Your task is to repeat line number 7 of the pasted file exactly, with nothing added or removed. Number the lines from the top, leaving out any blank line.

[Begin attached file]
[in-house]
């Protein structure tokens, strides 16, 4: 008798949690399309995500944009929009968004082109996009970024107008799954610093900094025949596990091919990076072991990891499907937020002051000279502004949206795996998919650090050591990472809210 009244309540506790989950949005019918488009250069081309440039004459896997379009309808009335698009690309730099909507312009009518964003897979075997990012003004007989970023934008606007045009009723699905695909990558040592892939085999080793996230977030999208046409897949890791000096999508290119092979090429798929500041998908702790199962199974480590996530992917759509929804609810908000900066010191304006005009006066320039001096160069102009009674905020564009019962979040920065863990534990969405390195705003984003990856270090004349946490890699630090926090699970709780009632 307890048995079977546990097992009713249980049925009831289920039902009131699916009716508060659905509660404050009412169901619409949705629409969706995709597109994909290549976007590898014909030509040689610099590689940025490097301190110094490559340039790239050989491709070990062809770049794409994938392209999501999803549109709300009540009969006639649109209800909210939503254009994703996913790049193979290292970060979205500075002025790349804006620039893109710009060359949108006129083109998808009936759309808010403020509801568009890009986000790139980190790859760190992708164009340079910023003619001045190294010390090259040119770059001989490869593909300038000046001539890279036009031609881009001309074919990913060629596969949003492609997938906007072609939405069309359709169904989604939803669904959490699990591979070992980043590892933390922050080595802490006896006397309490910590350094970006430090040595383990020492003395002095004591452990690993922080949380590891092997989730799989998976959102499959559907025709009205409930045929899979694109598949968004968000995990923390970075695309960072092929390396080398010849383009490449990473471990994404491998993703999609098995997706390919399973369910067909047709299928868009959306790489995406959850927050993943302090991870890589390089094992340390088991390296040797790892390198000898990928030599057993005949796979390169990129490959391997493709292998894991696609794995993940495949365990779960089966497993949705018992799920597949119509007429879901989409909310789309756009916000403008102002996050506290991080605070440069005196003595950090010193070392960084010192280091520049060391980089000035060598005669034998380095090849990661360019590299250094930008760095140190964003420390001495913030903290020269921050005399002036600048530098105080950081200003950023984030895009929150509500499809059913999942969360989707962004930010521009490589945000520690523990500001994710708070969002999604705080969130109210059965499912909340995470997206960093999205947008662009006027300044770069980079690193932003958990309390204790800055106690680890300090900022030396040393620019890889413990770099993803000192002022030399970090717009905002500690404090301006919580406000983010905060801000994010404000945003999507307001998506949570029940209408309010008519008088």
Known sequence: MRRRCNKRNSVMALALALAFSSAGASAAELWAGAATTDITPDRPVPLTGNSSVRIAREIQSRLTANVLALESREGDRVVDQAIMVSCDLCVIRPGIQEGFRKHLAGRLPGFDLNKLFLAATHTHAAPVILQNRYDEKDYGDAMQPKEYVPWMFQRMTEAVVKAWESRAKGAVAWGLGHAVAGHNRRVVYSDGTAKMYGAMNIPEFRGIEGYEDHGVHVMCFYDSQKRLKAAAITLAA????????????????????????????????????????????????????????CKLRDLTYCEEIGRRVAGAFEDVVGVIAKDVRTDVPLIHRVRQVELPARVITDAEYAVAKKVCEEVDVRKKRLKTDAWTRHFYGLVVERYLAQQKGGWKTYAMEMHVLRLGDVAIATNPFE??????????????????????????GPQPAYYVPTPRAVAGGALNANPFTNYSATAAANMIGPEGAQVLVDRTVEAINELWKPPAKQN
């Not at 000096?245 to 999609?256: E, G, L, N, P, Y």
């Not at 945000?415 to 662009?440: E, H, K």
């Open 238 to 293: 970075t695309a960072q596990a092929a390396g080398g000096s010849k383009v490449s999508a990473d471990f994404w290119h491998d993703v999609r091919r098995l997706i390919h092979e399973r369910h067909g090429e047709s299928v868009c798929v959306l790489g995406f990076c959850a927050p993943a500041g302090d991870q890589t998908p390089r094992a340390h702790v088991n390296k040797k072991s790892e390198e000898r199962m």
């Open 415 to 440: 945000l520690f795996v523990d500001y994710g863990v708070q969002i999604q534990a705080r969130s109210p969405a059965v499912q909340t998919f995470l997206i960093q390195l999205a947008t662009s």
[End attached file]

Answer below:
């Open 415 to 440: 945000l520690f795996v523990d500001y994710g863990v708070q969002i999604q534990a705080r969130s109210p969405a059965v499912q909340t998919f995470l997206i960093q390195l999205a947008t662009s």